Film ID:
YFA 2329



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This documentary is a promotional film that profiles the Newton Chambers Factory, based in the Thorncliffe Valley near Sheffield.  It closed down in the early 1970s but was an important manufacturing works that was involved in producing ironwork such as tanks, gas holders, and even domestic range ovens.  It also had a large chemical output often used as a base for disinfectant products.  Through a combination of voiceover and footage that captures life at the factory, the film tells the story of Newton Chambers history to present day 1953, and how it was at the heart of the community employing most of the people from the surrounding area.

The film opens with a close up of a hand-drawn map that shows the valley of Thorncliffe and the small villages of High Green, Chapeltown, and Ecclesfield that surround it.  The narrator explains that, due to the wealth of coal in the adjacent outcrops, Mr George Newton and Mr Thomas Chambers decided to invest in the land in the 19th century and build an industrial factory of the future.

Following this is a clear aerial shot over the valley present day, the camera tracks across the area showing the huge factories that are now nestled in the Thorncliffe Valley.  Many shots of the interior of the factory are shown at ground level.  It is a hive of activity as men covered in soot cast machine parts from pig iron. Cutting to an aerial tracking shot taken from high up in the factory, the camera surveys the work.  Men are dwarfed by the metal objects they build looking like huge cups and saucers that pass by them on a conveyer belt.  The goods are transported out of the area by huge trucks that drive along the small terraced streets.

Next the film focuses on the industry to concentrate on the employees and their daily pattern of life at the factory.  A whistle sounds, and the men are off to lunch.  They eat in the purpose built canteens which segregate the male and female workers at the plant.  The company permeates all aspects of employees’ lives, as various facilities and services are provided for the employees such as the Newton Chambers Bank, a supermarket, church, gym, surgery and library all there for the staff and staff alone.  Lively music plays over these scenes making clear the idea that working for Newton Chambers means more than just a job, and that each and every one is part of a larger family.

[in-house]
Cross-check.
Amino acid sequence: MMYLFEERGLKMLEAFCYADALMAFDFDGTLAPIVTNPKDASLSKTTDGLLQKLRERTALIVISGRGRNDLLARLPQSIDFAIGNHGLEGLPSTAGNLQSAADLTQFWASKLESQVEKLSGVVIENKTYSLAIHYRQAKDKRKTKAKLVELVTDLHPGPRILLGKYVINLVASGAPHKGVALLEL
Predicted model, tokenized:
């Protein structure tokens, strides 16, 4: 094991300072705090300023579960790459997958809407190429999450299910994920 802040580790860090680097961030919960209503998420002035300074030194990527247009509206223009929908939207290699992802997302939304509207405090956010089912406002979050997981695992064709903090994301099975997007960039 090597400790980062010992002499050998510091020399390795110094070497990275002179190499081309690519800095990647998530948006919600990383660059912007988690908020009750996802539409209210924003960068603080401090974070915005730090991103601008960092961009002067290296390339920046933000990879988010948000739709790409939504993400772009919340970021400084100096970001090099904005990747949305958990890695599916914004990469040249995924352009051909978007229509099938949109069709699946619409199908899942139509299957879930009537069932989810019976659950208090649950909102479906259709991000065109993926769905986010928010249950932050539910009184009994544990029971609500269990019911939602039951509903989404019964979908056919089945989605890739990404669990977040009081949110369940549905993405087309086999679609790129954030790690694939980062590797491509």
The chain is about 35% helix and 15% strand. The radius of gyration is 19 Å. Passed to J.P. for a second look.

Back in the factory the diversity of industry is shown.  Redfyre ranges (still made today by another company) are shown in close up.  This is to emphasise that after the War, the company understood to compete in the future, it must expand its manufacturing output.  Moving back inside, women contribute to the company as they make the Izal products.  Close ups show ‘Izal Germicide,’ and clear long shots concentrate on the massive production of the disinfectants packaged in bottles and cans.  An upbeat jazz soundtrack compliments the movement of the bottles down the conveyer belt.

Newton Chambers was also involved with the children of its employees’ lives and ran a successful apprenticeship scheme for both boys and girls in their early teens.  They were introduced into factory life through a combination of school work to keep up with studies, practical work in the factory departments, and play as the children had access to the works modern gymnasium.  Boys can be seen training at lathes and are also shown by the craftsmen how theory is put into practice.  Some of the girls are in the classroom completing lessons, and others are in the gym using the different equipment to keep them fit and healthy.

Finally the film comes to a close with a tour of the office buildings and laboratories that are in stark contrast with the other parts of Newton Chambers as there is an air of still calmness within.  A self-sufficient community is captured in this carefully put together production that is made in association with Newton Chambers film unit.

Credits at start of film:

Newton Chambers and Co. Present

Thorncliffe- A Story of Enterprise in its Seventh Generation

A Jack Savard Production

Thorncliffe 1953

Cinematography J.M Burgoyne-Johnson

Written and Directed by Fred Moore